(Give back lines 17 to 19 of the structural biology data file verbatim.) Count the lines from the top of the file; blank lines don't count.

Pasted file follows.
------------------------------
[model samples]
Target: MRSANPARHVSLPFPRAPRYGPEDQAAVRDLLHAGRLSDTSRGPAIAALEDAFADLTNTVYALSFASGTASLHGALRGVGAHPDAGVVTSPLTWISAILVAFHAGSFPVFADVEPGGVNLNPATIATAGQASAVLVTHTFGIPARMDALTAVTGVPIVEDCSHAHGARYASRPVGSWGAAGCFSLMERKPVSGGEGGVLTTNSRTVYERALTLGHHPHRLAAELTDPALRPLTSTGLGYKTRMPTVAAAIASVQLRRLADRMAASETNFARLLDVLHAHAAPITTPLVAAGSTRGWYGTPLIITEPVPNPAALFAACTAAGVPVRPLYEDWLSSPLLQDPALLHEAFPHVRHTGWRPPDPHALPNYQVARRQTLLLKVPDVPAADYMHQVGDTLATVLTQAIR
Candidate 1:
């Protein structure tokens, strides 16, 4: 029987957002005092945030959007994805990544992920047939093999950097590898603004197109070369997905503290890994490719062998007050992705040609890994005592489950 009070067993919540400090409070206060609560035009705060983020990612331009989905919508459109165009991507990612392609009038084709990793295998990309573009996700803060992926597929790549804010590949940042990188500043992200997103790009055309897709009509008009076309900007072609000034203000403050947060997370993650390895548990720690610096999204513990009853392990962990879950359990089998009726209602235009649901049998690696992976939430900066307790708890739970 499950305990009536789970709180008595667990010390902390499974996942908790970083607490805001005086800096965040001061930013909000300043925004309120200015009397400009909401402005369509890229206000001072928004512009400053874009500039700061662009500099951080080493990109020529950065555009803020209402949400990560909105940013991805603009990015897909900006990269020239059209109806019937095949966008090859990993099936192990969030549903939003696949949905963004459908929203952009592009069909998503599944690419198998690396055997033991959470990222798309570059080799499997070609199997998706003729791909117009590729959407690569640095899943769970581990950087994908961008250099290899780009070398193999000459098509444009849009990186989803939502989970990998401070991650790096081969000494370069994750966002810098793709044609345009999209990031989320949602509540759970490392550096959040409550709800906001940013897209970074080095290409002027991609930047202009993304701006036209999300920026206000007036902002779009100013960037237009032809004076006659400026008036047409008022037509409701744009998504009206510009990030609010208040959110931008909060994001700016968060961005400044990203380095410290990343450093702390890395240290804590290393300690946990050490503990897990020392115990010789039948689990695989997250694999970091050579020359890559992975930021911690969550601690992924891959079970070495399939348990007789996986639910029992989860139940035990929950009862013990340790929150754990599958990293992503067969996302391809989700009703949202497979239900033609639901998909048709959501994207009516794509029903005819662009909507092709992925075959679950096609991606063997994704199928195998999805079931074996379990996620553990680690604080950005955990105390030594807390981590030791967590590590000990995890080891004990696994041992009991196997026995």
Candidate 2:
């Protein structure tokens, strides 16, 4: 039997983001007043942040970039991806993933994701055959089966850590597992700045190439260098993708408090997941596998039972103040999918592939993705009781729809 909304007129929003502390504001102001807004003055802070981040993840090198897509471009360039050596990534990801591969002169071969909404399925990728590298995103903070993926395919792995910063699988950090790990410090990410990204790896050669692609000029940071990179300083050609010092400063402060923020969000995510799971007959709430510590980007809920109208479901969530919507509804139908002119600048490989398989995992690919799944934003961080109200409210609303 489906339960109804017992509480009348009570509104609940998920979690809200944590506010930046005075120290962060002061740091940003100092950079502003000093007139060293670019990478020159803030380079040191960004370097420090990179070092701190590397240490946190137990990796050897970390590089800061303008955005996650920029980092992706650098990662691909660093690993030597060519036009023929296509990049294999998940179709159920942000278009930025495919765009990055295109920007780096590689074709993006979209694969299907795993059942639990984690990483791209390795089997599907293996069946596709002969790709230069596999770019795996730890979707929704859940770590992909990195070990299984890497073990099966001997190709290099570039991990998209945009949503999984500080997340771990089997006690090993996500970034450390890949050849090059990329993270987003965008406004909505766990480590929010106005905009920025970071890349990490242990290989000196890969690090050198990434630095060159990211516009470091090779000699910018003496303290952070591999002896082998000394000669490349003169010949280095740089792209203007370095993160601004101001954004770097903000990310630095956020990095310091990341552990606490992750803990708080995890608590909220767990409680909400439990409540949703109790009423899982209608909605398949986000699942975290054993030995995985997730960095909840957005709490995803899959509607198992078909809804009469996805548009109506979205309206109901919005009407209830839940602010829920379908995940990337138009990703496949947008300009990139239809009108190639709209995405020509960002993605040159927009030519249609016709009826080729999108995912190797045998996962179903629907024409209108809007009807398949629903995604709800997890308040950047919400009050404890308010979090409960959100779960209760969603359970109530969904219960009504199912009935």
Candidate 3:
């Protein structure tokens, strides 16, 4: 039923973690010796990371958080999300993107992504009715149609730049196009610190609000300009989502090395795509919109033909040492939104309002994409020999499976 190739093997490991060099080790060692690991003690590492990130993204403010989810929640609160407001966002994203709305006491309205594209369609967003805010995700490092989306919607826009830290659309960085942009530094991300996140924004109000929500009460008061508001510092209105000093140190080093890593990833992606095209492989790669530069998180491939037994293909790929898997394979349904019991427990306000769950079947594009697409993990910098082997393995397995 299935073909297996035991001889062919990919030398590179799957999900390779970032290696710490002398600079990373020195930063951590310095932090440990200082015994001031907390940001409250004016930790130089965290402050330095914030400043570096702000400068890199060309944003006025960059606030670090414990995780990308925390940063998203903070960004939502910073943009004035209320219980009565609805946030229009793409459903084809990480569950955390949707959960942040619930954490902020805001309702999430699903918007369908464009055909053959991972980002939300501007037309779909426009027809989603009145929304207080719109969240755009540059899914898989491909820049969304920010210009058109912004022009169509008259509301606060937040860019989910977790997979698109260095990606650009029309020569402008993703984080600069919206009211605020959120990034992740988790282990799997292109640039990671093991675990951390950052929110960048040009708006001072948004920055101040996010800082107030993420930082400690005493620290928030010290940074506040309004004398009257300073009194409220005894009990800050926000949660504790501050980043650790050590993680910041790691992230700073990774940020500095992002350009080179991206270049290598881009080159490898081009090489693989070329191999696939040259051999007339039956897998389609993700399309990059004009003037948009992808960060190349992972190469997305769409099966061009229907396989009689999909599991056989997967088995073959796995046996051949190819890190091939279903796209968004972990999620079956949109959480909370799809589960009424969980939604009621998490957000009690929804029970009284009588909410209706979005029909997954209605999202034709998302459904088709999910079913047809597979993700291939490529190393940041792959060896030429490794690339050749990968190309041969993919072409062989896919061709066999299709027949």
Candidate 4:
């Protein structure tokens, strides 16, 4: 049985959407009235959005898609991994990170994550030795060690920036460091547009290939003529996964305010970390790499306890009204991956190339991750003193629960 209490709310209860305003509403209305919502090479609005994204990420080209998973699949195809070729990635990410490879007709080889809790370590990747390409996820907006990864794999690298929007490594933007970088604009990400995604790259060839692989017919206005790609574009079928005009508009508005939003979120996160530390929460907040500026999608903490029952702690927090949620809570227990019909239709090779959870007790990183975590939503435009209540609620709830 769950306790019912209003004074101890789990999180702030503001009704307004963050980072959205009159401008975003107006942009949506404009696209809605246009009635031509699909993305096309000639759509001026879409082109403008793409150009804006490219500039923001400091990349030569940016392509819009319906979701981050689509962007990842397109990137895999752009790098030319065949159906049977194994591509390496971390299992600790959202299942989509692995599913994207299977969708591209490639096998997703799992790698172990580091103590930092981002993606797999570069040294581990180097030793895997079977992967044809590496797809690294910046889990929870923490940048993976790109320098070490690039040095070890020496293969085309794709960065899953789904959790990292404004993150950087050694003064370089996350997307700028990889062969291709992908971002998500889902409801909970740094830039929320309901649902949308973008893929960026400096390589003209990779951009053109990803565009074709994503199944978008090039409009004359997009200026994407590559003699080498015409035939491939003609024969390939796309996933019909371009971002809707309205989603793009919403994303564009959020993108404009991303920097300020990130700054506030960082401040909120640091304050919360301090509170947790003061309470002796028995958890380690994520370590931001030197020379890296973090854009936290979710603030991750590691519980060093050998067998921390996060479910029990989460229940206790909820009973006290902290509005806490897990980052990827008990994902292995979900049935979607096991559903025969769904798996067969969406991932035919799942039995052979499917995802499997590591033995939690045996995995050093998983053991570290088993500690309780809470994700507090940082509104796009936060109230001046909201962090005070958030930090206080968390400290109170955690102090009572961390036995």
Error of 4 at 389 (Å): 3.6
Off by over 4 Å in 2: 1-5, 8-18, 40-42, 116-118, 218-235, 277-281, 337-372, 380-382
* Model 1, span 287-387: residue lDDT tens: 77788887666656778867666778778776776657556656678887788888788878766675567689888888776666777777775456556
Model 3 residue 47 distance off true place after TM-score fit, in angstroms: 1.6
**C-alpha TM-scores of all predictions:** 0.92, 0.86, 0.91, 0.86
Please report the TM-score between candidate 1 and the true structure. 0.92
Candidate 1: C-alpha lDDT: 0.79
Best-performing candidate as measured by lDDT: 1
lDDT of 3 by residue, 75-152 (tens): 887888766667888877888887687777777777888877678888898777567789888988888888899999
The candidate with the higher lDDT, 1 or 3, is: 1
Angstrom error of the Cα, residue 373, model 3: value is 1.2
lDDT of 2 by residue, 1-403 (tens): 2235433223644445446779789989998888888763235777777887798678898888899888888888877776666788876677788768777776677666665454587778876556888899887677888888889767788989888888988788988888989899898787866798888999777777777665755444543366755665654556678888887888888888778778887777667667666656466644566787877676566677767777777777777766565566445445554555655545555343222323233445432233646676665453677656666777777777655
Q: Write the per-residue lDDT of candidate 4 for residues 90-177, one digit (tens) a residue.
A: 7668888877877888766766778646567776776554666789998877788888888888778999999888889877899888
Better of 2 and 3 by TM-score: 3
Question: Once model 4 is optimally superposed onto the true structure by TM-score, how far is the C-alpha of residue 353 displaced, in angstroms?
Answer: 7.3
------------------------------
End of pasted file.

Candidate 1: C-alpha lDDT: 0.79
Best-performing candidate as measured by lDDT: 1
lDDT of 3 by residue, 75-152 (tens): 887888766667888877888887687777777777888877678888898777567789888988888888899999